WA future-focused farming systems trials in ground

Grain Central, June 2, 2023

DPIRD technical officer Matt Mills, crop science and grain production manager Bob French and research scientist Dion Nicol prepare to seed at the Merredin trial site. Photo: DPIRD

DEPARTMENT of Primary Industries and Regional Development researchers have begun three large-
scale trials looking at future-focused farming systems in Western Australia.

The four-year field trials are part of the Western Australian Farming Systems project, which is
investigating how farming practices can increase profit, manage risk and reduce greenhouse gas

The project, a co-investment between DPIRD)and the Grains Research and Development Corporation, is targeting medium and low-rainfall regions of WA.

DPIRD dryland farming systems manager Vanessa Stewart said the project aimed to increase
adoption and integration of agronomic and systems innovations to increase whole farm profitability
through managing enterprise mix and paddock rotations.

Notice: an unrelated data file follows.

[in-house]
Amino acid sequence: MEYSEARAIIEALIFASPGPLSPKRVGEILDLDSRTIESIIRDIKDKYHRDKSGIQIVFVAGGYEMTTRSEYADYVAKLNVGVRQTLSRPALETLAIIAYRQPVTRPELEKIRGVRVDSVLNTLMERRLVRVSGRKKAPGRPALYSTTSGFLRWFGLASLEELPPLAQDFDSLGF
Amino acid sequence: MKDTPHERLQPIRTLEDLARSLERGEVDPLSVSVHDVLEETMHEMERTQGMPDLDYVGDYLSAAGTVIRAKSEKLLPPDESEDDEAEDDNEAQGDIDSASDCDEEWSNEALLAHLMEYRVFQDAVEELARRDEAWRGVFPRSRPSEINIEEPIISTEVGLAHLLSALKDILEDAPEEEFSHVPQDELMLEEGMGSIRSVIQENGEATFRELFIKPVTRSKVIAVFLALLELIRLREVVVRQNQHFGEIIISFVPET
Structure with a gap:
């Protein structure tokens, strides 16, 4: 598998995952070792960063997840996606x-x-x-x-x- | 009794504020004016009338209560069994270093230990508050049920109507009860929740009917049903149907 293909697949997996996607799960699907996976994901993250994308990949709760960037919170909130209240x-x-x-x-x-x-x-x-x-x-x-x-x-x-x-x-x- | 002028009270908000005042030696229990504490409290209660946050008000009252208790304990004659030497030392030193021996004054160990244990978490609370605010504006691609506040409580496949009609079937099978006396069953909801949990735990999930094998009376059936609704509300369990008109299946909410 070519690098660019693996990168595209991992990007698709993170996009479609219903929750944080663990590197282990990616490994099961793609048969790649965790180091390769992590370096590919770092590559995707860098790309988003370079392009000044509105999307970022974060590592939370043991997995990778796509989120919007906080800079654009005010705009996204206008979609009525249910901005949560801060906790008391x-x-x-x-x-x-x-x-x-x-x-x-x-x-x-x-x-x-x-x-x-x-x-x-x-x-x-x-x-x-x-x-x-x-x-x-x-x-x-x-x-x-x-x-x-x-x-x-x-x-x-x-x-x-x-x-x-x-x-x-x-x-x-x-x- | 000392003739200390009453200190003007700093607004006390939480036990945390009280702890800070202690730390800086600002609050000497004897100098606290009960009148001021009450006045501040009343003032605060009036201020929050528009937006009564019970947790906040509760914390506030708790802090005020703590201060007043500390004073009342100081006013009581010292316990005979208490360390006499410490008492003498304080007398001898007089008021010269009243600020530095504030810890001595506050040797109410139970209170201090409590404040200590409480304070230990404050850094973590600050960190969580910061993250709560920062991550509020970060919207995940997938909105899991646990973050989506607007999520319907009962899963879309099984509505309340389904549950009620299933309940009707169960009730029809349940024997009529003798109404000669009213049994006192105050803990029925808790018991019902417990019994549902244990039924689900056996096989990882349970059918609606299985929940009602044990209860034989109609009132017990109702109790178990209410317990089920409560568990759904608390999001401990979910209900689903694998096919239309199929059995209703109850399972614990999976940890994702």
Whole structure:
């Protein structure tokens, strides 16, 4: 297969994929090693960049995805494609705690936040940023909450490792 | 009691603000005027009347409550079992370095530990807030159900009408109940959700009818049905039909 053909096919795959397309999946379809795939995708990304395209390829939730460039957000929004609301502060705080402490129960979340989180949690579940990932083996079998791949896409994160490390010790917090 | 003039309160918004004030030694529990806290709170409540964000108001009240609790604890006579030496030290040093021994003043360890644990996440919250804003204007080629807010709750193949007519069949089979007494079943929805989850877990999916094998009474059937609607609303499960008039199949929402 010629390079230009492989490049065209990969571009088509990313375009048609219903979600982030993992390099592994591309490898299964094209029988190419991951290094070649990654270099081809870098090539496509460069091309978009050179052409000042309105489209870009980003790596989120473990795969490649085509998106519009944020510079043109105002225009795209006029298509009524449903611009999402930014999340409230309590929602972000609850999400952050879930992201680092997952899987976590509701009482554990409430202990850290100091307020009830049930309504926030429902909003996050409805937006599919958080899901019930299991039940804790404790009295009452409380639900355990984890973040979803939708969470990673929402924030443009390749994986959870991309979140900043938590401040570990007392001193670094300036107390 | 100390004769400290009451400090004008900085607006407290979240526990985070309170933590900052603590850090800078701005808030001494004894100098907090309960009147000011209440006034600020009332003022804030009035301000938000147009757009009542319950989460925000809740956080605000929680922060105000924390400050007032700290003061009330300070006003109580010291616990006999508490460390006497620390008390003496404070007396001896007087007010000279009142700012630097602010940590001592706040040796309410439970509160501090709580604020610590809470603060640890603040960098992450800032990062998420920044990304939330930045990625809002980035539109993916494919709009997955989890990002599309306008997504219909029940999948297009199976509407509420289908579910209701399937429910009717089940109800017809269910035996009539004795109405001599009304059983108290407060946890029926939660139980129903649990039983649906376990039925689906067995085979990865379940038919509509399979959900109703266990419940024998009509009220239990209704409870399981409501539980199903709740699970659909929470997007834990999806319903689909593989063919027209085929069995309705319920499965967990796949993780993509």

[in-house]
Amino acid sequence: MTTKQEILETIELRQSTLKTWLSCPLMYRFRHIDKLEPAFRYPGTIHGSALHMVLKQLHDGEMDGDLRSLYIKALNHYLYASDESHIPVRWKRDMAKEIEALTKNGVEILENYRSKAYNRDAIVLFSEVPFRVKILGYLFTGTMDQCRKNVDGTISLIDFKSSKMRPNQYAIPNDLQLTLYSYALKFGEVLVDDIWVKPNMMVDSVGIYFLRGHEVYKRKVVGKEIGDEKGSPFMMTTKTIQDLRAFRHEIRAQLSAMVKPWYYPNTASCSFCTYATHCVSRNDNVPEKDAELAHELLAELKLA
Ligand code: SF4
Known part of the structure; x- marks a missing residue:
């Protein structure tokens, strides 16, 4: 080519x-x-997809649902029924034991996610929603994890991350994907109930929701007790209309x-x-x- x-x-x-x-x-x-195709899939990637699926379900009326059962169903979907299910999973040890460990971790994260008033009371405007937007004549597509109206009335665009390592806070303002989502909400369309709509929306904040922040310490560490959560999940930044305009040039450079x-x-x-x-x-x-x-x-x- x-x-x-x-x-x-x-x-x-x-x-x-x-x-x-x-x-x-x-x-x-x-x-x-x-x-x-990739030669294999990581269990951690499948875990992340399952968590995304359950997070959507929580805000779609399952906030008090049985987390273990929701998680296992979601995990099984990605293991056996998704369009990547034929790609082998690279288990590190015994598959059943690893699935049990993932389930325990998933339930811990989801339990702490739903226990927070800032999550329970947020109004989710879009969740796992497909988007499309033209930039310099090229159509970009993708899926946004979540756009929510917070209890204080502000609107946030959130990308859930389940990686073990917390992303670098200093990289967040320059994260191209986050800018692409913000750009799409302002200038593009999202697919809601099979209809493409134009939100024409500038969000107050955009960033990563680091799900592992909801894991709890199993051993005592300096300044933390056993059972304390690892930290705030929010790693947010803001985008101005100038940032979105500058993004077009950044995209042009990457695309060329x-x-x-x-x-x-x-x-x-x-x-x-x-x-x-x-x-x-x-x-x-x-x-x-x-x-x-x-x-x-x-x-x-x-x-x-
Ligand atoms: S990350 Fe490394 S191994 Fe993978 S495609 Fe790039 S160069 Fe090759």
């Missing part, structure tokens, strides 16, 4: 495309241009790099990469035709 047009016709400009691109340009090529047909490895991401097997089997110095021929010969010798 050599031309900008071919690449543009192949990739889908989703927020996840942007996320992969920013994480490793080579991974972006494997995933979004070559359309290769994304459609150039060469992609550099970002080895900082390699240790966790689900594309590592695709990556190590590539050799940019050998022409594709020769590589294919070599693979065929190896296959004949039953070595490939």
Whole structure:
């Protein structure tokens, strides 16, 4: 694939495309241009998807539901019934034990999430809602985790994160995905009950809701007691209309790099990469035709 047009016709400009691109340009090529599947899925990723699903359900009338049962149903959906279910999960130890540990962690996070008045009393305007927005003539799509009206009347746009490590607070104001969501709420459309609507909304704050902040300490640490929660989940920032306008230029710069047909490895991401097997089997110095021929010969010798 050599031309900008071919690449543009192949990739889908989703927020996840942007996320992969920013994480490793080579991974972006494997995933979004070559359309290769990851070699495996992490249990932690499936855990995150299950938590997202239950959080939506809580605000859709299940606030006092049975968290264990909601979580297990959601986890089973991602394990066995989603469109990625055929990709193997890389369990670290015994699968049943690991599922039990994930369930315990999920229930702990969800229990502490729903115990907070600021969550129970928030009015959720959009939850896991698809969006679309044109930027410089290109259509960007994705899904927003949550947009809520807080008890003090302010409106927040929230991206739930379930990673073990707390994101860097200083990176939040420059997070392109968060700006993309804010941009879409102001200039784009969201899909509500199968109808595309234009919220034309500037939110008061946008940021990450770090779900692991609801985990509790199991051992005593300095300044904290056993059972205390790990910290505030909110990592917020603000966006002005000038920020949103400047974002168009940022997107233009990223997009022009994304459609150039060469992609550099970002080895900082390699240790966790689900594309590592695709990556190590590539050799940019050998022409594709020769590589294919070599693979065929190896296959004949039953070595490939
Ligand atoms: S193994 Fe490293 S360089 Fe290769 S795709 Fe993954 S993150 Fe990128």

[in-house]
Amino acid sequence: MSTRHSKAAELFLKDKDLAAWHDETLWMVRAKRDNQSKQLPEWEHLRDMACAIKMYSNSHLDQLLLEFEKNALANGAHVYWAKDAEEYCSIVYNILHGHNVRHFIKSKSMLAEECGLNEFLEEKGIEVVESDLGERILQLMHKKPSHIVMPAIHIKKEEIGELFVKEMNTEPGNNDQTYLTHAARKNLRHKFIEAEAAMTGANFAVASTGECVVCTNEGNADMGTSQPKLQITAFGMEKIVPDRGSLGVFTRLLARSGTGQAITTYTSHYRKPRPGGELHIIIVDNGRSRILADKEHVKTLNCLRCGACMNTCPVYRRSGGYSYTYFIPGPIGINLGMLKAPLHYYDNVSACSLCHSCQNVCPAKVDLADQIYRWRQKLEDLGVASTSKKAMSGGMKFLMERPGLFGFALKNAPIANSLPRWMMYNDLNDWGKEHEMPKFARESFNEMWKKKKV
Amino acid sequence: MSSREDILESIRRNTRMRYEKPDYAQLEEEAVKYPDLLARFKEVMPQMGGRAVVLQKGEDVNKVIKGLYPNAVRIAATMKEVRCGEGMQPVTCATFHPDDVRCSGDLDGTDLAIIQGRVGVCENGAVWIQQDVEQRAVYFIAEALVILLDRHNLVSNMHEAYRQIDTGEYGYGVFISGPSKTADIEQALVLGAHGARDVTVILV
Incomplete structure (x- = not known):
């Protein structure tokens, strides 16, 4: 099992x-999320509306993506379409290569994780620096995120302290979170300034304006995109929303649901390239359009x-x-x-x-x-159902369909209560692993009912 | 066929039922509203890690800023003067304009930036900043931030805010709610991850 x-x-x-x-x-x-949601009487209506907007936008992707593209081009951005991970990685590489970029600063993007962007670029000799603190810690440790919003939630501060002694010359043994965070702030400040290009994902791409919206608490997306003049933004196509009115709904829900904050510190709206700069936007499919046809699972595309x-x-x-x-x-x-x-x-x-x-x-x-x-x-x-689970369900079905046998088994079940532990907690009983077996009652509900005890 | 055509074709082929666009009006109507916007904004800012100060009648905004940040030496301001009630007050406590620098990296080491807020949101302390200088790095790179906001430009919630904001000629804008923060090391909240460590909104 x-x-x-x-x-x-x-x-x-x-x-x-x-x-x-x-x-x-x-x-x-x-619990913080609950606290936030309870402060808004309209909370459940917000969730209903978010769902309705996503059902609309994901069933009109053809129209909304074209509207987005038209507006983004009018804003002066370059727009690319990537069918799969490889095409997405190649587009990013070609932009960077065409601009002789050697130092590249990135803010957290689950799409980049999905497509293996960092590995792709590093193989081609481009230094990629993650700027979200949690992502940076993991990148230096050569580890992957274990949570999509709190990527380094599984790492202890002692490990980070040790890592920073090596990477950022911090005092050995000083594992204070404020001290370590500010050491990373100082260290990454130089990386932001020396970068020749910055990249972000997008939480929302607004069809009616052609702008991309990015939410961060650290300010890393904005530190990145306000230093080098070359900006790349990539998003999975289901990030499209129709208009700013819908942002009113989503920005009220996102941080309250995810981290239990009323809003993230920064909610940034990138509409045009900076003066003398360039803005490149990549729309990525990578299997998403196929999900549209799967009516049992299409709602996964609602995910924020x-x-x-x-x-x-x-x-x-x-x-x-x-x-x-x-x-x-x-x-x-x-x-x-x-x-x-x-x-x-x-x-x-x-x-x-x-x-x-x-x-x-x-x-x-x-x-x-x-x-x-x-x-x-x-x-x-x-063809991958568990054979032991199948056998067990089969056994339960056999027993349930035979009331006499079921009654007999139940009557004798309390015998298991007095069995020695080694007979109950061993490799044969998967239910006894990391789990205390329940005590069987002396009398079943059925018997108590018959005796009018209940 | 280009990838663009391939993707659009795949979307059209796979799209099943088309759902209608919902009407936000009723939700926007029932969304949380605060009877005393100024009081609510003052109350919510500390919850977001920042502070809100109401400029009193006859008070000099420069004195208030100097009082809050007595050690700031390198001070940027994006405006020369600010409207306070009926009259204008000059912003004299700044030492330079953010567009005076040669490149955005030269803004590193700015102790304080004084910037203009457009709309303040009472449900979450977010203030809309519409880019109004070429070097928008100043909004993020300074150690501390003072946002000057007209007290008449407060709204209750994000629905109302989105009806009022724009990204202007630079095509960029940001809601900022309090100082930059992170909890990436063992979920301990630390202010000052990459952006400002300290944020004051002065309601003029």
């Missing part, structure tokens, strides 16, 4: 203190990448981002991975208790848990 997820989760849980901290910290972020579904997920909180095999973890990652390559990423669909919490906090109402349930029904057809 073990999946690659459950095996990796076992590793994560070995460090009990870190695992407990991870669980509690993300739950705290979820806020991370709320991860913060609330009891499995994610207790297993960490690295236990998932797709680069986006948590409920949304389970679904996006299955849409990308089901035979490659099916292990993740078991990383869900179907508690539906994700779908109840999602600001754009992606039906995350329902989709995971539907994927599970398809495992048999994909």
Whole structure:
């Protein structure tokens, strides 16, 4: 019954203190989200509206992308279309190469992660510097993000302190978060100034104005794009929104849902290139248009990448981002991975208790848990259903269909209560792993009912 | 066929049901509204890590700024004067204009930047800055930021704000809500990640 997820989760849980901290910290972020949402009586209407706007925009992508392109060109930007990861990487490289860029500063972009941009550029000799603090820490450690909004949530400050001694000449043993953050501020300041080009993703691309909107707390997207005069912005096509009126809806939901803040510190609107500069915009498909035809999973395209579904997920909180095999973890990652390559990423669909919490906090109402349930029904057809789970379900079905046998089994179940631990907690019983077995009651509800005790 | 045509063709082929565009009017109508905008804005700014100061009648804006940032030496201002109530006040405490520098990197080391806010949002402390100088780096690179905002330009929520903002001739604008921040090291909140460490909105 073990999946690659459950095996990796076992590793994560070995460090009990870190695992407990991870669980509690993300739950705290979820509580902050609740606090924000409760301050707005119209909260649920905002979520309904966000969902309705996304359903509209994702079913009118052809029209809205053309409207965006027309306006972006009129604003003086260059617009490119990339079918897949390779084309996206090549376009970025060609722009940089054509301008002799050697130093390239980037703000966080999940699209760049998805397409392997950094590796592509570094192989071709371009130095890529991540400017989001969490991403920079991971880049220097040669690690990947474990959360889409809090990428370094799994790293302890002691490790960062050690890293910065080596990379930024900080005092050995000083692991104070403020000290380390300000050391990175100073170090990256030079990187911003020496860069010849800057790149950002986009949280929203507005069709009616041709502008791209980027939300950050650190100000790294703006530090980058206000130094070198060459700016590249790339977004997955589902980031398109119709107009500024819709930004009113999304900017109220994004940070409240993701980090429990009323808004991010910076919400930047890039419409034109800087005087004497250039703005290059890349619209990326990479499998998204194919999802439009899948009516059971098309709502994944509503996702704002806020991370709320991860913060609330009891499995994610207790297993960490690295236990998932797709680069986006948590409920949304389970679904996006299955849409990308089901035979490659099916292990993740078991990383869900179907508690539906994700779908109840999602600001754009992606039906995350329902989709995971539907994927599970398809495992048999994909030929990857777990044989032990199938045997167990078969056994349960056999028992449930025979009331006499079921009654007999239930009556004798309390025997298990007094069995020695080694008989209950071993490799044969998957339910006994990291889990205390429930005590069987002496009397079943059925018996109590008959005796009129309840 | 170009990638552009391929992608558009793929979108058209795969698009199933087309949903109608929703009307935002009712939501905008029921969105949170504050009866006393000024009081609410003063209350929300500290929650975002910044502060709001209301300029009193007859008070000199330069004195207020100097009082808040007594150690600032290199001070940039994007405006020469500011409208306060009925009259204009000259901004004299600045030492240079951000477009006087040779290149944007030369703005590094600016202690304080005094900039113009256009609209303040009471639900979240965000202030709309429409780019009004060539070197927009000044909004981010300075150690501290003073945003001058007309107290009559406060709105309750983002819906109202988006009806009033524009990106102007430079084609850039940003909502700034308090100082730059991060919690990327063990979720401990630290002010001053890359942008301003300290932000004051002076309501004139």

“We’ve consulted with about 150 local growers and advisers to understand key issues the project
will need to address,” Ms Stewart said.

Regional Innovation Groups, made up of local growers and advisers, have been established to provide ongoing input into the research direction and system trial treatments in each region.

DPIRD research scientist Martin Harries said sowing was under way at trial sites across the grainbelt at the medium-rainfall sites of Lake Grace and Northampton, and Merredin in the low-rainfall area.

“We are addressing three key project outputs: system break options that deliver improved profit and acceptable risk; analysis of the opportunities and risks of changing seeding window opportunities; and management options for maintaining profitability under low greenhouse gas emissions scenarios,” Dr Harries said.

“The field trials will test rotations with and without legumes in the system, different sowing times
(dry versus wet) and various nitrogen rates.”

Results from the field trials will combine with whole-farm economic modelling and greenhouse gas
accounting to examine whether reducing nitrogen inputs, diversifying rotations or changing the time
of sowing can reduce financial risk and lower greenhouse-gas emissions within WA farming

Source: DPIRD


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